6 social media lessons from McDonald’s YouTube hit

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The fast food chain teaches us all how and why we should embrace customer’s questions and feedback.

By Ragan Staff | Posted: February 4, 2015

Gone are the days where companies can successfully spray-and-pray social media content. Today, your messages can easily get lost in the social media chatter. But you can break through if you’re willing to engage brand fans—and listen.

That’s what McDonald’s did with its “Our Food/Your Questions” program, which features videos shot at McDonald’s facilities that answer tough questions about its food. Tyler Litchenberger, communications manager at McDonald’s, says the effort lets customers take ownership of McDonald’s story.

Want to take some of McDonald’s strategies and make them work for your organization? Hear Litchenberger and seven other experts speak at The Visual Communications and Infographics Summit in Chicago, March 2-3.

Here are some of Litchenberger’s program takeaways and social media tips:

  • Find influencers. Communicators must stop focusing on any particular social channel, advises Litchenberger. “Be channel agnostic instead. Find your brand fans and influencers—regardless of what channels you are implementing. It’s about where they live,” she says. “Using Sprinklr across multiple platforms is perfect for this. We also find great influencers through Social Chorus.”
  • Convert the undecided. Don’t focus solely on negative people, suggests Litchenberger. But do engage critics and the undecided willing to see both sides. For example, McDonald’s tapped Grant Imahara as a host. The former “MythBusters” host was a known McDonald’s critic. The move gave the program instant credibility. “He keeps us in line,” she confirms.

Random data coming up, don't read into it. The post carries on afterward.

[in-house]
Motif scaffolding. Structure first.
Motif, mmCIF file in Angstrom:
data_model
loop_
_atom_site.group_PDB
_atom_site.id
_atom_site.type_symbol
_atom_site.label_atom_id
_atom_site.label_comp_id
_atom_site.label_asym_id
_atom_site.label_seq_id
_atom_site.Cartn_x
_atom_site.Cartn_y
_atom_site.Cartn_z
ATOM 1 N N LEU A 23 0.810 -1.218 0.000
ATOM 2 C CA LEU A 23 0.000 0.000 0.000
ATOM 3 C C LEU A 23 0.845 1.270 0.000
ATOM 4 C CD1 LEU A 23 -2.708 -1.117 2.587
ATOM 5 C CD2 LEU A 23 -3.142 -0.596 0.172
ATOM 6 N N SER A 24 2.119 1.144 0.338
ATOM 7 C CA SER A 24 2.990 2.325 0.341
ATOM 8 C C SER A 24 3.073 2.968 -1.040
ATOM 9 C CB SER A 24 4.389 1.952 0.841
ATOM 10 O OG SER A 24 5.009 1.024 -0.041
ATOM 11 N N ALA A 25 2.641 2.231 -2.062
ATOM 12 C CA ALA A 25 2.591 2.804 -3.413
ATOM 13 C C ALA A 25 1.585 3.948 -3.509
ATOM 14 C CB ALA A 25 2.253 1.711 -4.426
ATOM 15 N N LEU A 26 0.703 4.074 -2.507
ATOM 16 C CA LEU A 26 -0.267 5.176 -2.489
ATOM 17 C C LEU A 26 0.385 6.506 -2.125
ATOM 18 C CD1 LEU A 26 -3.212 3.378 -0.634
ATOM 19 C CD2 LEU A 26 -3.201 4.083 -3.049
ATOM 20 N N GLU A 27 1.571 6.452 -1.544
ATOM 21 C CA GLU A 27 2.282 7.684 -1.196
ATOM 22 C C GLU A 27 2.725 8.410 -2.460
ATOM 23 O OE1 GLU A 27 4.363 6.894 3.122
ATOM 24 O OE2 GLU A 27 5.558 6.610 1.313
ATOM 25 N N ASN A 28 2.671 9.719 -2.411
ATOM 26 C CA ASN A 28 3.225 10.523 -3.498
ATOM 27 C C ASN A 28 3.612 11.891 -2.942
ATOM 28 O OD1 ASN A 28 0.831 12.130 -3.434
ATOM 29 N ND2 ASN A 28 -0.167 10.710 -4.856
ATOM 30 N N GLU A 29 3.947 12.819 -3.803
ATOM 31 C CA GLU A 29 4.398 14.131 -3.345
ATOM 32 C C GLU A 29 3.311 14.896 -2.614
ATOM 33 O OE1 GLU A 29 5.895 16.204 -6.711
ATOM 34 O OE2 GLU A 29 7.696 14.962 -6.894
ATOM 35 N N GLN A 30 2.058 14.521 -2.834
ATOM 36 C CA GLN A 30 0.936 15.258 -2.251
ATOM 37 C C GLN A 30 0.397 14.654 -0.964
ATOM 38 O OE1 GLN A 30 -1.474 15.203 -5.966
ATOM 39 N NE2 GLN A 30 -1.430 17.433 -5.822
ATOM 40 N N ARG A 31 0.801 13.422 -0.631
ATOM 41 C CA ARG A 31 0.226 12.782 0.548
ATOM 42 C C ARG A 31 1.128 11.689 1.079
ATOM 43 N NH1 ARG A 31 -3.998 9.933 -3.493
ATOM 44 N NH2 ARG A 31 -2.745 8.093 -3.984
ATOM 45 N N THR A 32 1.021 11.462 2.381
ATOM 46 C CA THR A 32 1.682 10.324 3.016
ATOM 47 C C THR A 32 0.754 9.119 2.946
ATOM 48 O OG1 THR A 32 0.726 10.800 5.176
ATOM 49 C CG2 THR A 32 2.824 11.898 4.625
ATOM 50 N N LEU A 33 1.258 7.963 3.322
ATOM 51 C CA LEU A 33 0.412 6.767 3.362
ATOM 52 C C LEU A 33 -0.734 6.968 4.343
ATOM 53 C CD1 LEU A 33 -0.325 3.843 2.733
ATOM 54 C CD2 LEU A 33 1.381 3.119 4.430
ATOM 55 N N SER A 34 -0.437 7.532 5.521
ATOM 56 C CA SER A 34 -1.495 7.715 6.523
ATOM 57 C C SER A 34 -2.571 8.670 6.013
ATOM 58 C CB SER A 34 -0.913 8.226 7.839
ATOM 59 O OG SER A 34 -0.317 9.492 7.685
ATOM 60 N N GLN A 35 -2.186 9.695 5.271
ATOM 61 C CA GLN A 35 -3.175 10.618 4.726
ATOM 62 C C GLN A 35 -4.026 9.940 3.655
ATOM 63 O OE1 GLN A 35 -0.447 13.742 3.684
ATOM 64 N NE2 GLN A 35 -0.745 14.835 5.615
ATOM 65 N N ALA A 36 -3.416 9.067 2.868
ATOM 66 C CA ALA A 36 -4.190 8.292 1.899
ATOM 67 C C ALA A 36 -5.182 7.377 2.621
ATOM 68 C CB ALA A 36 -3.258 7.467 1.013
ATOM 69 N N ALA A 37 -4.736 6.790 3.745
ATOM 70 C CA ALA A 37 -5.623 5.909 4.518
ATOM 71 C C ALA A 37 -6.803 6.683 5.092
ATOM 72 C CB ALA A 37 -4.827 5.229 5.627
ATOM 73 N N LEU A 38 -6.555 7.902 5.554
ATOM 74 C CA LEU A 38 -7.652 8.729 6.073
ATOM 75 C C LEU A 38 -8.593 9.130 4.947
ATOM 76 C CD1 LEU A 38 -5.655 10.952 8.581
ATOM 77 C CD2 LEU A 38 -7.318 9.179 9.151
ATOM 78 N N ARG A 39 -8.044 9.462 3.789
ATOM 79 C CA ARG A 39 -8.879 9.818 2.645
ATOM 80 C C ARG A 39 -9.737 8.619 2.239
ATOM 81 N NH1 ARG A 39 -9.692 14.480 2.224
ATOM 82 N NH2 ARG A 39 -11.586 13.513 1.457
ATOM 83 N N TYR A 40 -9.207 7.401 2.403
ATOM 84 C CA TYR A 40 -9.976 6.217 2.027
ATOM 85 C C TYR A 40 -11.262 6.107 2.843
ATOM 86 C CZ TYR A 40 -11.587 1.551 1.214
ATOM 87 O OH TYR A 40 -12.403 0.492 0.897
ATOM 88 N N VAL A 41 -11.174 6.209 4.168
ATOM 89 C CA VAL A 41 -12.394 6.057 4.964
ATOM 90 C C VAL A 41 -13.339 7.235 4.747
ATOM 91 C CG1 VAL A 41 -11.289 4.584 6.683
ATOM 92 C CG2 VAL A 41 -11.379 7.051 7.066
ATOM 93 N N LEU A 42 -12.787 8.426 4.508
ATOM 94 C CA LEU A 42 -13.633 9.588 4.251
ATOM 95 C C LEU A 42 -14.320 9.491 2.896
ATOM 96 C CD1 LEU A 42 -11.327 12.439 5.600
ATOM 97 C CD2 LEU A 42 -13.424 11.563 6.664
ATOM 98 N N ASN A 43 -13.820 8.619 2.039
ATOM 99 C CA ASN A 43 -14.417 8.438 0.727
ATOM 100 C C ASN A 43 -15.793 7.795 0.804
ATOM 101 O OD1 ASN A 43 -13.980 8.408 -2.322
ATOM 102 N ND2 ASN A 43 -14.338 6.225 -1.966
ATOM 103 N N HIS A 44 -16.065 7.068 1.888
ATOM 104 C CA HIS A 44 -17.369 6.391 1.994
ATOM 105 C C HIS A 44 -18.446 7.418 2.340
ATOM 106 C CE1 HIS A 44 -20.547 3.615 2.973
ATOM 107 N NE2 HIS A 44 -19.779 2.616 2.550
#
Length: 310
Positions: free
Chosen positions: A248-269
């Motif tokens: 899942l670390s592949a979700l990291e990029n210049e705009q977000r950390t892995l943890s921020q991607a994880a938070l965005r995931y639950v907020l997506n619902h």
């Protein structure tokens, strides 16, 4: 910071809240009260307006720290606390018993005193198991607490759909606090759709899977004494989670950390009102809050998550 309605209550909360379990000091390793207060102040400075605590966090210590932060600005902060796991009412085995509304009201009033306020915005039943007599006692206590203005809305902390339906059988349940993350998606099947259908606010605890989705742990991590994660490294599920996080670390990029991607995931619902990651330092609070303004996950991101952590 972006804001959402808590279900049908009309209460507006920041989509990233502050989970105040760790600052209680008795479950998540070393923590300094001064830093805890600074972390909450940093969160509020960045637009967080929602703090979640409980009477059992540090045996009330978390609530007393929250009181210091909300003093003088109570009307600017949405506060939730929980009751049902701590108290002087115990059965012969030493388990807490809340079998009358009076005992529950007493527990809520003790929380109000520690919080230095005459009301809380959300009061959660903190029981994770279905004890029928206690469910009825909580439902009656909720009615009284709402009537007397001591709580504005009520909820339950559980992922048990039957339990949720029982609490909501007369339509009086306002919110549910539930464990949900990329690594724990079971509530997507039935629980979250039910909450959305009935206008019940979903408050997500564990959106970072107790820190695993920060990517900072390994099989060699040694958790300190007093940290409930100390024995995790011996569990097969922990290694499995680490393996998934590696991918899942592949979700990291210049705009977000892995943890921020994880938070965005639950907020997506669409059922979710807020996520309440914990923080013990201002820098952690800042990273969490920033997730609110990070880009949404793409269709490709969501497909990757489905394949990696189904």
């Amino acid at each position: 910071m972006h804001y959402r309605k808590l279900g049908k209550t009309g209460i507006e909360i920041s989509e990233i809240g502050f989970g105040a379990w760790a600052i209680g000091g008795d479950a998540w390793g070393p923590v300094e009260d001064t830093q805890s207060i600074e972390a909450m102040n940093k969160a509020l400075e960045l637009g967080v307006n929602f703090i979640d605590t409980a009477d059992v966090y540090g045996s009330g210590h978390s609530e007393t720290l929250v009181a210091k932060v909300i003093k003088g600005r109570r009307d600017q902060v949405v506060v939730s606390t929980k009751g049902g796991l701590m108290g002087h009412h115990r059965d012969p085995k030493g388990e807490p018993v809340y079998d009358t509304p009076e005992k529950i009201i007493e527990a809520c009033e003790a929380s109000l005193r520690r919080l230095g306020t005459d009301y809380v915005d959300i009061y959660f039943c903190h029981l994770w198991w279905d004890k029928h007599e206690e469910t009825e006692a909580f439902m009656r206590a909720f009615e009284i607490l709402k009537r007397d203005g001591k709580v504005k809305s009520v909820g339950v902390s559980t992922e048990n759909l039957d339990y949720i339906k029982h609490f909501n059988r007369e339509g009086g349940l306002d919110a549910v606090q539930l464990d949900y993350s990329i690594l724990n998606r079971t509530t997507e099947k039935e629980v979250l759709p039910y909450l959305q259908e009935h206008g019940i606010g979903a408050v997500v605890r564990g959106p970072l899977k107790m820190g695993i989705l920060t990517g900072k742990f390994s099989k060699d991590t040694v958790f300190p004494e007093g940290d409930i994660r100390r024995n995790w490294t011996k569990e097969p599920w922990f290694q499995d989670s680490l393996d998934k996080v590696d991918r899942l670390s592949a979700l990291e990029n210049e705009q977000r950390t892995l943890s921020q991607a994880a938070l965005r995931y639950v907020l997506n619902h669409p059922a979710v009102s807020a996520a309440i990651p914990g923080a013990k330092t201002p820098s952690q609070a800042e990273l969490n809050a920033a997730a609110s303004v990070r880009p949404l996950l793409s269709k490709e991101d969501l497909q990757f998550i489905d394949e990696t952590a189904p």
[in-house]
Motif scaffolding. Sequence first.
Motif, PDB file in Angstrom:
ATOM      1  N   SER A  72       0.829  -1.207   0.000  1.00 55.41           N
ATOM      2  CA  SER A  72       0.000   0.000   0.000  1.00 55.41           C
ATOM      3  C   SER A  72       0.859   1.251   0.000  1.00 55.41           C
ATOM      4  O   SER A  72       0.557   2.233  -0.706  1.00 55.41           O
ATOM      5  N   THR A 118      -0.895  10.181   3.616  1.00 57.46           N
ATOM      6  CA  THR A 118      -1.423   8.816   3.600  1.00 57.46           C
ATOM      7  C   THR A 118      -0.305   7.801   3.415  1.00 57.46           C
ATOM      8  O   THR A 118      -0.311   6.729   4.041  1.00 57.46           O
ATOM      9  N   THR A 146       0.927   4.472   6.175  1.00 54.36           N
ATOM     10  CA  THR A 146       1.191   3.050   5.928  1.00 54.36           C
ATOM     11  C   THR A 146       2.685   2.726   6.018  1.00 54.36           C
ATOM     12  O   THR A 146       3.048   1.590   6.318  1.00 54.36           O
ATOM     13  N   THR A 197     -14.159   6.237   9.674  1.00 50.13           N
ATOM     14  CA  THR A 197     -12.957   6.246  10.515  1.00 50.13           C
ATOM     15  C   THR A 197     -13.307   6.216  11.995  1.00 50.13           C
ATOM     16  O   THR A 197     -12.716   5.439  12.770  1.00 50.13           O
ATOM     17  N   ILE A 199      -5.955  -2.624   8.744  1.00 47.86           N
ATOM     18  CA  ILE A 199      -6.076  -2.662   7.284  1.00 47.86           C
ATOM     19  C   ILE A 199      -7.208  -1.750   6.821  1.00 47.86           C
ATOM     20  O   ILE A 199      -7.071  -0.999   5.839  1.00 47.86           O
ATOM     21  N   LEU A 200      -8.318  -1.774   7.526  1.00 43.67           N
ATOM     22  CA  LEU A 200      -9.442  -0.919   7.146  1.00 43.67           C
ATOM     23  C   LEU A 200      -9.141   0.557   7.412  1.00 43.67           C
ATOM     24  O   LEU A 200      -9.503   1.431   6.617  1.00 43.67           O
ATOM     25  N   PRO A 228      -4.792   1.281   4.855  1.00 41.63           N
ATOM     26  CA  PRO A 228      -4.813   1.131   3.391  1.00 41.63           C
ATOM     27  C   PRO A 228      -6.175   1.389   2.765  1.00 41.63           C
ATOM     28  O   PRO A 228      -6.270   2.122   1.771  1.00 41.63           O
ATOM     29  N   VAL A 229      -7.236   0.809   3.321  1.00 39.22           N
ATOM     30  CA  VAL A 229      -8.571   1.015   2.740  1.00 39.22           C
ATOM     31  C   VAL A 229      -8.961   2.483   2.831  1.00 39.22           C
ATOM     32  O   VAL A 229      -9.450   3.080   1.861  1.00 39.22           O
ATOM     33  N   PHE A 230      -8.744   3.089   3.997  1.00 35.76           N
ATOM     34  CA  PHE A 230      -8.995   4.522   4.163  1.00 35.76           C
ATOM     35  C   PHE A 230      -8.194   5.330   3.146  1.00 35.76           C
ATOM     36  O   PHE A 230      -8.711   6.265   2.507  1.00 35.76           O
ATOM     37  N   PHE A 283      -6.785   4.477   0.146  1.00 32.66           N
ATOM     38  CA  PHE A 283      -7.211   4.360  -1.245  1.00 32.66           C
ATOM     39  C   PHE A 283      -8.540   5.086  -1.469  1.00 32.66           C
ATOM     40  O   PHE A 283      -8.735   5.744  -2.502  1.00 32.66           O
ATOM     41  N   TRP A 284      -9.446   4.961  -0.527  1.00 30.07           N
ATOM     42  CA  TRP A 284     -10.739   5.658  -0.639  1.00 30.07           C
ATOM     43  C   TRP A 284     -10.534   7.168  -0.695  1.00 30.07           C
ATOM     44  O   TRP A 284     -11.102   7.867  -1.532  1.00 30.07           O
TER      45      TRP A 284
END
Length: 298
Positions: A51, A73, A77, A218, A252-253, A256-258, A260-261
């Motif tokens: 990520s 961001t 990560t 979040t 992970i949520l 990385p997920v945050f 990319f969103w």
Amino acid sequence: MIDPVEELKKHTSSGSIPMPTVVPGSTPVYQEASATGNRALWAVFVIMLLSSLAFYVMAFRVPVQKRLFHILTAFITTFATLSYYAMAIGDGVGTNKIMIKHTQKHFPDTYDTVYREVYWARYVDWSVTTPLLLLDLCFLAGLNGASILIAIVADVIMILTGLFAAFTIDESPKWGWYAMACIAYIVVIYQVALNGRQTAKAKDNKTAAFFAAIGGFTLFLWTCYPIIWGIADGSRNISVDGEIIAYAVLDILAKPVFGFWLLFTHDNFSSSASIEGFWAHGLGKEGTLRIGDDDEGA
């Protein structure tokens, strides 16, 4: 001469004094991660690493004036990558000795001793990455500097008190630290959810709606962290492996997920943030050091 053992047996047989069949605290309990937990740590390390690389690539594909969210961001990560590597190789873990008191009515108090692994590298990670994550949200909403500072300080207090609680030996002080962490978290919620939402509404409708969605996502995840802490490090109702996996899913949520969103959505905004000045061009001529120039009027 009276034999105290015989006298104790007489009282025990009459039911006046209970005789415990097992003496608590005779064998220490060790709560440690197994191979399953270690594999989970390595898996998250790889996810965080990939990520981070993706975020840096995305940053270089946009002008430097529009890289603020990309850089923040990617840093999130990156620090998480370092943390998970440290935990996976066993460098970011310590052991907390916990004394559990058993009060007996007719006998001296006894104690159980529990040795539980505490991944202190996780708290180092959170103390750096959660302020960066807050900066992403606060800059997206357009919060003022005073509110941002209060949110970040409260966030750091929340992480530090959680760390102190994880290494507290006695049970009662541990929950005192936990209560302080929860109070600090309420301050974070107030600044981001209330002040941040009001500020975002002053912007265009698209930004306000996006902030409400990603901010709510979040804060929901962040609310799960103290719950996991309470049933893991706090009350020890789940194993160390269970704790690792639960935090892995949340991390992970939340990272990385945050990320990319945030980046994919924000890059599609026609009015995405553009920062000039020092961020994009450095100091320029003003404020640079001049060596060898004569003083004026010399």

• Don’t respond to everything. McDonald’s follows disciplined protocols when responding to questions. “Our agency (Golin) monitors social media for questions using Sprinklr,” Litchenberger says. “Questions then go to subject matter experts in various departments including operation and supply chain. We then determine answers and run them by legal.
  • Have fun; don’t be robotic. Try to vary your responses to customers through your social channels, advises Litchenberger. For example, “When we respond on social media with information some people comment that it’s probably a computer response,” she recalls. “When we see this we will respond by calling out images from their profile picture or having fun with topics they talk about a lot in their feed. It’s about fun for our customers.”
  • Don’t go it alone. Your audience expects high production value. “That’s why you need great production partners,” Litchenberger says. “This entire program was in collaboration with three agencies. The videos were done with IW Group out of Los Angeles, who brought in a great production team.”
  • Make infographics interactive. Avoid infographics that are stale and metric heavy, cautions Litchenberger. “Instead, make them graphic and colorful with useful information relevant to your audience’s everyday lives,” she advises.

Gather more in-depth takeaways at The Visual Communications and Infographics Summit March 2-3, 2015, in Chicago. Tyler Litchenberger, communications manager at McDonald’s, will present on: “How to go from speaking at customers to engagement and conversation.” 

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